“It was me,” she confesses, breaking down in tears. “I touched you.” She then begins to tell her tale of woe to the man, who listens silently. 

At last, the Wonderworker speaks. “Take heart, daughter,” He says softly, lifting the woman to her feet by the shoulders, “your faith has healed you.”

A Story of Faith

The dignity Jesus bequeaths the bleeding woman is stunning. He does not take credit for healing her but asserts instead that it was her faith that restored her. Jesus, therefore, suggests that everyone—including women—have the ability to witness their prayers brought to life. 

What a glorious message! Jesus does not condemn the woman for touching Him or breaking Levitical law. Instead, He lauds her for taking a step of faith and boldly approaching Him with the desire of her heart. Here are a few key observations about how Jesus’ interaction with the bleeding woman reveals just how highly God views women:

First, Jesus demonstrates that He is not repulsed by bodily processes or illnesses that are unique to women. Even today—2,000 years after the events of the gospels—conversations about menstruation and other related conditions make people uncomfortable. Even more so, the simple mention of menstruation in some parts of the modern world is taboo. Take India, for example, where menstruating women are still banned from participating in religious and social functions and are secluded in huts outside of their village. Just imagine, Jesus challenged this toxic patriarchal norm 2,000 years ago!

Second, by silently listening to the woman’s story, Jesus illustrates that women can approach and speak to Him without a male companion or permission—and most certainly without shame. There is no need for a go-between. You can come to Jesus as you are—and need not be afraid of being banished, judged, or ignored. He listens to every detail of our stories—even the messy and embarrassing ones—and sits down right beside us, heeding our complaints and laments—and lovingly answering them.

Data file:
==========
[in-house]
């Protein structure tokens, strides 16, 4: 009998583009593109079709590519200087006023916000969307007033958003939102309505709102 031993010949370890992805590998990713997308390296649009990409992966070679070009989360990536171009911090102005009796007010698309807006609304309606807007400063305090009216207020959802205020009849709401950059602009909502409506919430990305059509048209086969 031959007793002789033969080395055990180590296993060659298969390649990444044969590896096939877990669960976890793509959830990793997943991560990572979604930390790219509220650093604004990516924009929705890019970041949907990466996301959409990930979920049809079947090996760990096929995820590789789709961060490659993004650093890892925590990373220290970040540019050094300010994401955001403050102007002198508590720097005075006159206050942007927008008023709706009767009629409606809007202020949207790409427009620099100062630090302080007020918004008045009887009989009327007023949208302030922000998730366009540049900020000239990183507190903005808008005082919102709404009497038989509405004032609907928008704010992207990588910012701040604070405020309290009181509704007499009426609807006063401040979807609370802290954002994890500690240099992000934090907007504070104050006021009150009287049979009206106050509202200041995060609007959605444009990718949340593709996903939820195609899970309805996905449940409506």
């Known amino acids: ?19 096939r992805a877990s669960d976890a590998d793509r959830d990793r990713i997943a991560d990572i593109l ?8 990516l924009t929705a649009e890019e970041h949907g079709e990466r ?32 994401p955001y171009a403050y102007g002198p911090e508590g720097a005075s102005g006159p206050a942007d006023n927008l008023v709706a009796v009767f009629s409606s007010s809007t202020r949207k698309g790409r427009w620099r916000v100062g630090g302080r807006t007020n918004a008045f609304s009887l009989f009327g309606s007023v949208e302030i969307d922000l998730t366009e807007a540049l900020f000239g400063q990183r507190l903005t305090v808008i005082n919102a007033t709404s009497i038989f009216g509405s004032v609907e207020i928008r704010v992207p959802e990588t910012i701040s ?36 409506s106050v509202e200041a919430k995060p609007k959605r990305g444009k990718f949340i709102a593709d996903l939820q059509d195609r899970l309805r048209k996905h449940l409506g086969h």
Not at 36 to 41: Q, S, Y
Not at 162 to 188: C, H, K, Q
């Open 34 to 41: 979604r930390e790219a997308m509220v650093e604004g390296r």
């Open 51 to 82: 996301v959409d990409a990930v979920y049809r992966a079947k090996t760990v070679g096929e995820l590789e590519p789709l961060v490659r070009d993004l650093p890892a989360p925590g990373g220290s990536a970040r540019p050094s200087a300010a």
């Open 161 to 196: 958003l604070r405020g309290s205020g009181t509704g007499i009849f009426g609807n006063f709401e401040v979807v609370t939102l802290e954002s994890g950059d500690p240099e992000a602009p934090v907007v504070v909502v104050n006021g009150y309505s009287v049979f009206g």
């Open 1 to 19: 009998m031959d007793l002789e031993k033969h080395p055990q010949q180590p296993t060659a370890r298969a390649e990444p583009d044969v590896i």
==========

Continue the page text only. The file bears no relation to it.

Lastly, the compassion Jesus shows the woman demonstrates that He will always meet us in our suffering—even going as far as taking our illnesses, or “uncleanness,” upon Himself. Though Jesus knows that contact with the bleeding woman will make Him “unclean” according to Levitical law, He doesn’t care. He cares more about the woman’s physical, mental, and spiritual health and relieving her of her suffering. Oh, what a Savior He is! 

Walking by Faith 

There’s so much that we can learn from this touching biblical episode. But of all the takeaways, this one is my favorite: Faith is power. Even when we are on our last leg, faith pushes us to drop to our knees and crawl towards our Savior. It invigorates us, helping us channel the strength we never knew we had within us, and reminds us that it takes just the slightest bit of courage to defy stigmas and norms to embrace a loving God. 

I wonder if the crowd gasped or scrambled away when the bleeding woman revealed herself to be a pariah. But I doubt she would have even cared. For in that very moment, she was redeemed of her shame, rewarded for her faith, and accepted by the Lord of Lords and the King of Kings, the Maker of heaven and earth. 

Photo Credit: ©GettyImages/coffeekai

Roma Maitlall fancies herself a bit of a logophile (from the Greek, meaning “lover of words”). She's loved writing ever since she could hold a pencil, and this passion inspired her to study English at St. John's University, her alma mater. Now an editor for an NYC-based publisher, Roma spends most of her days dreaming of becoming a published author and obsessing over her favorite people in the world: her sisters. She enjoys exploring museums on the weekends, getting in touch with her heritage, and learning everything there is to know about history, literature, religion, pop culture, and art. She lives in Queens, New York.